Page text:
“Well done, Charlie. Both of you, really.” Ehhh, I’ll give it to her I suppose. “Remember though, different game worlds, even levels or areas within them, may have different rule sets. In the loading screen pretty much anything is possible.” Last kid I had summoned a jet-pack. It was pretty cool. “And like any good game the difficulty increases as you progress, but only in a manner at which befits what you’ve learnt before. There shouldn’t be anything completely obscure for you to do. The end point will always be obvious, but maybe not the way to get there. At the same time, do think outside of the box. Any questions?”
“What will we be doing?” Karen was examining the apple, as if it was this magical thing. Nope, just an apple.
“Whatever’s ahead of you.” Ambiguity ho!
“Really? That’s all you’re giving us?” Charlie had taken to floating above the tree now, for no real reason I’m sure.
“Well, yes, pretty much. Oh, fine. There’s a variety of things. From a variety of genres. Look, to tell you anything more would be to spoil it and I’m not in the habit of ruining spoilers. Especially when they’re so fun!” For me! Honestly, unless someone really gets into some of the other ‘lessons’, this is usually the most interesting for me. Besides, I know what’s coming up after this one. Some fun is definitely needed before that. “Ok, so are you both ready to go?” They nodded in unison. “Well okay then. Here we go. Press A to start.” A large blue circle with an A appeared in front of both of them. At the same time they reached out and pressed it.

The duo was now in a large grey box room which was divided into its two halves by a glass wall between them. The wall was thick enough that they wouldn’t be able to break it with what they had, which was themselves, but thin enough that they could hear each other and communicate a plan to proceed. They took in their blank locale. This, of course, only took a few seconds as the only details were at the end of the halls. There was one plinth in each hall, both propping up a large, red button. Above each plinth was a light currently off. I’d have thought it was startlingly obvious what was necessary and as it turned out so did they. Karen, trailed shortly by Charlie, walked up to the button, pushed it and lit up their respective light in turn. A moment after Charlie had pressed his they were transported back to their starting position in the same room.

They looked at each other wondering whether or not they had succeeded. “What if we try hitting them at the same time?” Charlie yelled. Karen nodded in agreement. They once more walked up to their plinths but, before pressing, called out if they were ready. On the count of 3 (that is, they pressed it when they said 3, not after. That would be 4) they pushed the buttons at the same time and were, once again, greeted by the lights coming alive. And, once again, were teleported back to their starting positions in the same room. Onlooker’s fill-in here; this is two completed tasks. The first was simply them hitting the buttons, the second hitting them together. The first is a sort of trick, I suppose, to make you think that you hadn’t actually completed it so that on the second task you’d try something different. The third, well, that’d prove to be a little trickier. By now they had worked out simple objective tracking and having to work together, but what if you play with that notion a little bit?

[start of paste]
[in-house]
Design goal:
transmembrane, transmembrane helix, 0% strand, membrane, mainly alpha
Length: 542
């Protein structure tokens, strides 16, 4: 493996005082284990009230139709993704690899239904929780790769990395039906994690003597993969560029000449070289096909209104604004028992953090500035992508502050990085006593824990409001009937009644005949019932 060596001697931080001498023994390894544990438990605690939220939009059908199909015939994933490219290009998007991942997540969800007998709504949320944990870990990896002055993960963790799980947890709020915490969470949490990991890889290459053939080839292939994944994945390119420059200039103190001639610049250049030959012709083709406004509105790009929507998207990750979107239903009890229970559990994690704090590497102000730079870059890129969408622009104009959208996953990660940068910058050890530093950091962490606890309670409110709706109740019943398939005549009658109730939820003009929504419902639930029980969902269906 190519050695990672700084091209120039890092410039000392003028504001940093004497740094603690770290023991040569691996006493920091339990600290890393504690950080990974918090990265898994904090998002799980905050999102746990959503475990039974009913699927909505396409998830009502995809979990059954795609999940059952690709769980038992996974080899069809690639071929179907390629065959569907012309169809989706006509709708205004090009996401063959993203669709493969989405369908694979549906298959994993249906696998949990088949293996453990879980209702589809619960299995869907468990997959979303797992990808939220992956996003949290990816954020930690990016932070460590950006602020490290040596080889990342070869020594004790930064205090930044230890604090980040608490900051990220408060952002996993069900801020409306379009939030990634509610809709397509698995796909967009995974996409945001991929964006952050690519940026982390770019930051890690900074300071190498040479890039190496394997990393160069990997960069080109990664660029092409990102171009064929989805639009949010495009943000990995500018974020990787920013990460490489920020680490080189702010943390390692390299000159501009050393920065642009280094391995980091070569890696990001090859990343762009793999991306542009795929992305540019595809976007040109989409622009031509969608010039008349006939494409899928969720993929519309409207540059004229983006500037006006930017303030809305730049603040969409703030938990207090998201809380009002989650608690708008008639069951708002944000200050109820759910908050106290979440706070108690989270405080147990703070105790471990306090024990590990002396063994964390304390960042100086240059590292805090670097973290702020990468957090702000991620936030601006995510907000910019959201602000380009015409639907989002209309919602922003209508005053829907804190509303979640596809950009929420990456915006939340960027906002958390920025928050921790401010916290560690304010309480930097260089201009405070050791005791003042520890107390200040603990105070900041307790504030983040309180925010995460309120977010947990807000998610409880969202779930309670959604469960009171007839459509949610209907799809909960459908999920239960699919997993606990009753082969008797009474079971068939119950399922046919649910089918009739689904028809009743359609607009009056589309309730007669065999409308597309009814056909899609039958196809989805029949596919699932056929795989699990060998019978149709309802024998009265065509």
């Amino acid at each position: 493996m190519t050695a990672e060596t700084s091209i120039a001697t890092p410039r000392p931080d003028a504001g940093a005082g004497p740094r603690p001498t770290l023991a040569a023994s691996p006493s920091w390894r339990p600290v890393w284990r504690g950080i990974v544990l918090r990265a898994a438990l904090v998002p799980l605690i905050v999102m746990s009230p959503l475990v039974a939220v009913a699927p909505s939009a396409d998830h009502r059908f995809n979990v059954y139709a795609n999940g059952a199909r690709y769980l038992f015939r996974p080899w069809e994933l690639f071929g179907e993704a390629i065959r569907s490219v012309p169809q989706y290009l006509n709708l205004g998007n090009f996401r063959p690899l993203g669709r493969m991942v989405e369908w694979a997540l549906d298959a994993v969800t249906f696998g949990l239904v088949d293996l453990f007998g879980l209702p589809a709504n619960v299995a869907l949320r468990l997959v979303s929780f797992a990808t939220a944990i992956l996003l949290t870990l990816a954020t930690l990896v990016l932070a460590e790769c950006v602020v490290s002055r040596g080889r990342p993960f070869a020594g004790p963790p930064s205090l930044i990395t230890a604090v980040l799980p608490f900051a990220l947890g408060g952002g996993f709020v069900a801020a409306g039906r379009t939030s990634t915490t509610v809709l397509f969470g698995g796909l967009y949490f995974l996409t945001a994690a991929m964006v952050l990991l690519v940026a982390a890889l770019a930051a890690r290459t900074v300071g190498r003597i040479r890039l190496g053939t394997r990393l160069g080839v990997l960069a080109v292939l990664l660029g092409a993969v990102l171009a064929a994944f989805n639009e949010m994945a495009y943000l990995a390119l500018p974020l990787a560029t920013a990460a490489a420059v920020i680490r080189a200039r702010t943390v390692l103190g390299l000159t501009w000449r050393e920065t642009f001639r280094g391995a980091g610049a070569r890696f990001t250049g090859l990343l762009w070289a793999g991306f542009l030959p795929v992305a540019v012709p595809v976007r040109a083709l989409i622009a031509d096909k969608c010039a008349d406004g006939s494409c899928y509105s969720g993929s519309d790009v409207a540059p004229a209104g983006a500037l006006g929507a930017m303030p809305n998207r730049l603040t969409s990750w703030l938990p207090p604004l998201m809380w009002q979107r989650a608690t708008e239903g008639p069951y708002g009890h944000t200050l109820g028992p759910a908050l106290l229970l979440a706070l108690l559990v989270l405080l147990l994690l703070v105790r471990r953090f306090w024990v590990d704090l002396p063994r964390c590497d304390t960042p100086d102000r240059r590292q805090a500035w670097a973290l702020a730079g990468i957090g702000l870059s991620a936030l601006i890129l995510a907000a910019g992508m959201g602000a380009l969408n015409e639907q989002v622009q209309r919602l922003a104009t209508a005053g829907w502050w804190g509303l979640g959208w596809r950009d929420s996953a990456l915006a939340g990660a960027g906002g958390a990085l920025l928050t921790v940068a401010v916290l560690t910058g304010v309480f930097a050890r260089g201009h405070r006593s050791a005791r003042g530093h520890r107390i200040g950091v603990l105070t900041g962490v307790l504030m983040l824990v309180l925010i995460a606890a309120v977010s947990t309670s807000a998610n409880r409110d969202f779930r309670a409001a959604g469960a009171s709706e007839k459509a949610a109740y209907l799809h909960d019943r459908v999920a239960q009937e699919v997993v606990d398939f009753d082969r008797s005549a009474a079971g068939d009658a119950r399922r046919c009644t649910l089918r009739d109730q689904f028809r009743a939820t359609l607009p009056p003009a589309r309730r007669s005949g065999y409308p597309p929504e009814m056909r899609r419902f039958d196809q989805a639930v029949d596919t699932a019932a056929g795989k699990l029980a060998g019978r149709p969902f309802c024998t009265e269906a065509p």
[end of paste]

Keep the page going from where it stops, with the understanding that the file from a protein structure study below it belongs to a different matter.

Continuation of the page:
“Errrm, I’m not moving. I’m trying to move, but I can’t. Wait, why am I looking at the wall?” Karen stood still, apart from her head which had unhelpfully turned left to face the wall while her mundane jaw flapped open. While saying this, Charlie was looking around taking in the room.
“Okay, that’s weird. I just tried looking towards you, but instead I’m looking all over the place.”  Do you see now how I get massive amounts of fun out of this lesson? So utterly wonderful. “Actually, I think I’ve worked this out.”
“So have I!” And of course it was that simple. Mind-boggling and perhaps a little terrifying, but when you know you’re in good hands, challenging and fun! “Ok, I’m going to look ahead. Is that working for you?” Ah, the suspense is killing me!
“Yup, I’m staring at the plinth. I’ve tried the same, how’s it going?”
“It’s going great! Okay, I’m going to walk over there at a gentle pace, on 3?”
“On 3.” And then they both walked there with a steely determination. “Hit the button on 3?”
“On 3!”

3…2…1…thump.

Lights on.

Teleport.